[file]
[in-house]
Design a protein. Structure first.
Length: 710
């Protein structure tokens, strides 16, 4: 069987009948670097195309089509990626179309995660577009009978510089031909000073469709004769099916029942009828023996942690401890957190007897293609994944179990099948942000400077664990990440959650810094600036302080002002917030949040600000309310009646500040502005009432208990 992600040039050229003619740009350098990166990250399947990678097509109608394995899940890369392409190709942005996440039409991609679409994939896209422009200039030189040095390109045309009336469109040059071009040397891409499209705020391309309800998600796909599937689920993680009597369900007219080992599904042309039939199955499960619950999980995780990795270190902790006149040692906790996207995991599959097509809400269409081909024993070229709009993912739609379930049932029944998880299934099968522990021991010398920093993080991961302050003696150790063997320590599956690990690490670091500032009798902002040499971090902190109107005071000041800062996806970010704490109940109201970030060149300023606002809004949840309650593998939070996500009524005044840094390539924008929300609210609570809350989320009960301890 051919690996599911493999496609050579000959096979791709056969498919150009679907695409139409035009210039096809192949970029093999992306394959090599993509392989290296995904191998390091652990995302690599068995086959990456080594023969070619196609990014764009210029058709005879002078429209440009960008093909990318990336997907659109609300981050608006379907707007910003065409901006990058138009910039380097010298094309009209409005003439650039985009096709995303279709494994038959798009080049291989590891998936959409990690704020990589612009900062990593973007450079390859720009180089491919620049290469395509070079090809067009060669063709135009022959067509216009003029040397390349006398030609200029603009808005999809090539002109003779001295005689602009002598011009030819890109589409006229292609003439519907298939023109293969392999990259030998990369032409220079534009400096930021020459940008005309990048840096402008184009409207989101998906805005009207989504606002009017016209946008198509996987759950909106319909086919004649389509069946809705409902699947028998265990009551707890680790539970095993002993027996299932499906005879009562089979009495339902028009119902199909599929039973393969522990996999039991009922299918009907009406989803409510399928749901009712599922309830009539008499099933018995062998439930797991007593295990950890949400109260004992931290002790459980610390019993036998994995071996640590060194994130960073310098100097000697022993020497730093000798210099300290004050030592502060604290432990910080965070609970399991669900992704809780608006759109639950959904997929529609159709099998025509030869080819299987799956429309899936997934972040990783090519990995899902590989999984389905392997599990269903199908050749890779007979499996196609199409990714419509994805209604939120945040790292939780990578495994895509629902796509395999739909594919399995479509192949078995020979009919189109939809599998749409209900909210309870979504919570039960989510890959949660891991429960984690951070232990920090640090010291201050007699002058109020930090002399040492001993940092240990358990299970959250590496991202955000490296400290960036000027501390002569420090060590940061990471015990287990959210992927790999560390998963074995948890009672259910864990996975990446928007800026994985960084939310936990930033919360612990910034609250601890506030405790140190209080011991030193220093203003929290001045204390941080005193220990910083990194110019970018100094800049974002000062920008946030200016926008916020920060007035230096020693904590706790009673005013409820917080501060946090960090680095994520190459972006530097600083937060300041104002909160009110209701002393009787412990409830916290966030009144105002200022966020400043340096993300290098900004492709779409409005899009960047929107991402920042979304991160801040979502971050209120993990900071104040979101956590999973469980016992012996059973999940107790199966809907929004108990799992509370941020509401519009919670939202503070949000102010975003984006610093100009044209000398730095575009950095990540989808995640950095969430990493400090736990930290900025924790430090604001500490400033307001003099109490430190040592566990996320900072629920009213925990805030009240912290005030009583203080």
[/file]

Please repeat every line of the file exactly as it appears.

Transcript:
[in-house]
Design a protein. Structure first.
Length: 710
């Protein structure tokens, strides 16, 4: 069987009948670097195309089509990626179309995660577009009978510089031909000073469709004769099916029942009828023996942690401890957190007897293609994944179990099948942000400077664990990440959650810094600036302080002002917030949040600000309310009646500040502005009432208990 992600040039050229003619740009350098990166990250399947990678097509109608394995899940890369392409190709942005996440039409991609679409994939896209422009200039030189040095390109045309009336469109040059071009040397891409499209705020391309309800998600796909599937689920993680009597369900007219080992599904042309039939199955499960619950999980995780990795270190902790006149040692906790996207995991599959097509809400269409081909024993070229709009993912739609379930049932029944998880299934099968522990021991010398920093993080991961302050003696150790063997320590599956690990690490670091500032009798902002040499971090902190109107005071000041800062996806970010704490109940109201970030060149300023606002809004949840309650593998939070996500009524005044840094390539924008929300609210609570809350989320009960301890 051919690996599911493999496609050579000959096979791709056969498919150009679907695409139409035009210039096809192949970029093999992306394959090599993509392989290296995904191998390091652990995302690599068995086959990456080594023969070619196609990014764009210029058709005879002078429209440009960008093909990318990336997907659109609300981050608006379907707007910003065409901006990058138009910039380097010298094309009209409005003439650039985009096709995303279709494994038959798009080049291989590891998936959409990690704020990589612009900062990593973007450079390859720009180089491919620049290469395509070079090809067009060669063709135009022959067509216009003029040397390349006398030609200029603009808005999809090539002109003779001295005689602009002598011009030819890109589409006229292609003439519907298939023109293969392999990259030998990369032409220079534009400096930021020459940008005309990048840096402008184009409207989101998906805005009207989504606002009017016209946008198509996987759950909106319909086919004649389509069946809705409902699947028998265990009551707890680790539970095993002993027996299932499906005879009562089979009495339902028009119902199909599929039973393969522990996999039991009922299918009907009406989803409510399928749901009712599922309830009539008499099933018995062998439930797991007593295990950890949400109260004992931290002790459980610390019993036998994995071996640590060194994130960073310098100097000697022993020497730093000798210099300290004050030592502060604290432990910080965070609970399991669900992704809780608006759109639950959904997929529609159709099998025509030869080819299987799956429309899936997934972040990783090519990995899902590989999984389905392997599990269903199908050749890779007979499996196609199409990714419509994805209604939120945040790292939780990578495994895509629902796509395999739909594919399995479509192949078995020979009919189109939809599998749409209900909210309870979504919570039960989510890959949660891991429960984690951070232990920090640090010291201050007699002058109020930090002399040492001993940092240990358990299970959250590496991202955000490296400290960036000027501390002569420090060590940061990471015990287990959210992927790999560390998963074995948890009672259910864990996975990446928007800026994985960084939310936990930033919360612990910034609250601890506030405790140190209080011991030193220093203003929290001045204390941080005193220990910083990194110019970018100094800049974002000062920008946030200016926008916020920060007035230096020693904590706790009673005013409820917080501060946090960090680095994520190459972006530097600083937060300041104002909160009110209701002393009787412990409830916290966030009144105002200022966020400043340096993300290098900004492709779409409005899009960047929107991402920042979304991160801040979502971050209120993990900071104040979101956590999973469980016992012996059973999940107790199966809907929004108990799992509370941020509401519009919670939202503070949000102010975003984006610093100009044209000398730095575009950095990540989808995640950095969430990493400090736990930290900025924790430090604001500490400033307001003099109490430190040592566990996320900072629920009213925990805030009240912290005030009583203080």